A Fortune Mag/CNN Money article out this week reports the latest, overwhelming evidence of horrendous skullduggery in a long-running environmental case, supported by the highly corruptible Ecuadoran government, against the U.S.-based Chevron oil company. In a Manhattan federal district court, reports Fortune’s Roger Parloff, “Chevron filed the declaration of a former Ecuadorian judge, Alberto Guerra, who describes how he and a second former judge, Nicolás Zambrano, allegedly allowed the plaintiffs lawyers to ghostwrite their entire 188-page, $18.2 billion judgment against Chevron in exchange for a promise of $500,000 from the anticipated recovery.”
Repsol YPF SA (REP), the Spanish oil explorer seeking $10.5 billion from Argentina for seizing its assets, will line up behind companies from Exxon Mobil Corp. to Unisys Corp. yet to be repaid by the most-sued nation on earth.
There are 26 cases pending against Argentina, more than any other country, at the World Bank’s International Centre for Settlement of Investment Disputes in Washington, the principal arbitration court for claims against sovereign countries. So far, it has refused to pay any of the tribunal’s judgments, according to a Bank of America Merrill Lynch economists’ report.
As to the good reason for such a trip, consider the shared geopolitical interests between the U.S. and the biggest democracy in Latin America. Although former President Lula da Silva, also from the Workers’ Party, did almost nothing to deregulate a mostly unfree economy over his eight years in office, he did manage to respect the central bank reforms carried out by his predecessor, President Fernando Henrique Cardoso. As a result, after decades of inflationary chaos caused by central bank financing of government deficits, Brazil has now had vastly improved price stability for more than a decade. Ending the cycle of repeated devaluations is enabling the formation of a substantial middle class, and it is shaping a nation that increasingly wants to be part of the modern, global economy.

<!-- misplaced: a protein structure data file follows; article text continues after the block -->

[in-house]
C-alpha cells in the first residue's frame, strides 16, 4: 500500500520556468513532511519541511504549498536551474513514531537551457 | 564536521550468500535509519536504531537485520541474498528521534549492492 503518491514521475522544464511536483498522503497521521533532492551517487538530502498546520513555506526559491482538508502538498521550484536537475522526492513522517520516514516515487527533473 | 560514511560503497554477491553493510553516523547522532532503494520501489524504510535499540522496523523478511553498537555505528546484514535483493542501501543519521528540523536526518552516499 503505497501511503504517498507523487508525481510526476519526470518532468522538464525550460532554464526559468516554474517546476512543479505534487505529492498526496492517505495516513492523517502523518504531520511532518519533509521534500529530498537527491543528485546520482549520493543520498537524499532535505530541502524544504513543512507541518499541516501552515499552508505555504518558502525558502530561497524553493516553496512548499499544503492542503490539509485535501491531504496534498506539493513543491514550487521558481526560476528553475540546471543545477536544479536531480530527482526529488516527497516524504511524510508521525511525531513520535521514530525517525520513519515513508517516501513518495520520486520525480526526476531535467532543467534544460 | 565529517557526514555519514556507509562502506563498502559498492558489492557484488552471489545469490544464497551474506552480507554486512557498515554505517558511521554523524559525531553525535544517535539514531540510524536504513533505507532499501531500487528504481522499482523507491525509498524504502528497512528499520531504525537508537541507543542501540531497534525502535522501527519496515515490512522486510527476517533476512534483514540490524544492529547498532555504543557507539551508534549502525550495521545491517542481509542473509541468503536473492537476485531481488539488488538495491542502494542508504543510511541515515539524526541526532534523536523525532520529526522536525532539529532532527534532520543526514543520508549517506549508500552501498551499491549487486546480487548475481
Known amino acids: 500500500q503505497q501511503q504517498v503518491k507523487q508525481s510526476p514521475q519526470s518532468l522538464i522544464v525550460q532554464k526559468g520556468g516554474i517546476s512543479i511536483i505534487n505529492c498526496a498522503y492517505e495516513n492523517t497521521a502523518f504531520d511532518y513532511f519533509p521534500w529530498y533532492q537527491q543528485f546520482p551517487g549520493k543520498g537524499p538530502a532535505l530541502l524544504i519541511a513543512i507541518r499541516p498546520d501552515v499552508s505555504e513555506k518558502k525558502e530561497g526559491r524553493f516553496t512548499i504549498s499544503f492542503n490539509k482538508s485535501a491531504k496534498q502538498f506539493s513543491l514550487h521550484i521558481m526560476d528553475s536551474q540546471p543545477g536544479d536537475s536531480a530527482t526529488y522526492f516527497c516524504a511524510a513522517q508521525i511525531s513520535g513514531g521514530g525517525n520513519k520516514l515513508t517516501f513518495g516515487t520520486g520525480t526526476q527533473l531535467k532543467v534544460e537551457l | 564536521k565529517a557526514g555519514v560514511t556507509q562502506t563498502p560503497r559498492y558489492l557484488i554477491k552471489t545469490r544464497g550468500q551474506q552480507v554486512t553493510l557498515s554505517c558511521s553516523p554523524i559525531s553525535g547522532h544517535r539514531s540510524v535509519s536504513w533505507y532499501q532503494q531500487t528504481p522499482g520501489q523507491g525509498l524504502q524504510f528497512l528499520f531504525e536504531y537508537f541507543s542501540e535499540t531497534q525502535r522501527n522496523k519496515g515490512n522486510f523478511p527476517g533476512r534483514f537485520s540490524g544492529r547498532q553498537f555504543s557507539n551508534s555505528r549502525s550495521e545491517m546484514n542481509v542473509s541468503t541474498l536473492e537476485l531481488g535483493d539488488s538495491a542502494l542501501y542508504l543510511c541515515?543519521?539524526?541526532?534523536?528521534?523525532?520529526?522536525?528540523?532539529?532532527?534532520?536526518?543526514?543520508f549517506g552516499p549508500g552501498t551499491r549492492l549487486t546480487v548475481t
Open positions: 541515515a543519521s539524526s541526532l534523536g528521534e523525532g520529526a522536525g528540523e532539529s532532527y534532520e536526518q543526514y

If Brazil is seeking rapprochement with the U.S., it is a welcome development for the entire hemisphere. As an ally on the fundamentals, like opposition to torture in Cuban jails, Brazil could be part of a long-awaited regional push to denounce human rights abuses. It might also come in handy next year when Venezuela holds presidential elections. Mr. Chávez has said that even if he loses, he won’t step down, and the commander of the army has agreed.
That could make for a situation not unlike what is unfolding in Libya today. If the U.S. and Brazil are singing from the same hymn book, it will help. It’s only too bad the commander in chief who was starting a war didn’t have the good sense to return home after the meeting in Brasilia.
Obama’s trip is in the headlines throughout the hemisphere.
Chevron’s suit alleges that the named defendants, and certain non-party co-conspirators, have used the Ecuador lawsuit to threaten Chevron, mislead U.S. government officials, and harass and intimidate Chevron employees, all in order to extort a financial settlement from the company.
As you may recall, Colombian authorities dealt a huge blow to the FARC by killing its #2 guy and seizing 15 laptops, which will surely reveal much valuable intelligence on the criminal/terrorist organization. Here’s my article at Real Clear World: FARC’s Military Leader: He Died With His Boots On
We are supposed to conclude that Cuba is no longer a threat to global stability and that Fidel is a reformed tyrant. But how believable is a guy whose revolution all but wiped out Cuba’s tiny Jewish community of 15,000, and who spent the past 50 years supporting the terrorism of the Palestinian Liberation Organization, Syria, Libya and Iran? And how does Castro explain Venezuela, where Cuban intelligence agents run things, Iran is an ally and anti-Semitism has been state policy in recent years? Mr. Goldberg doesn’t go there with Fidel.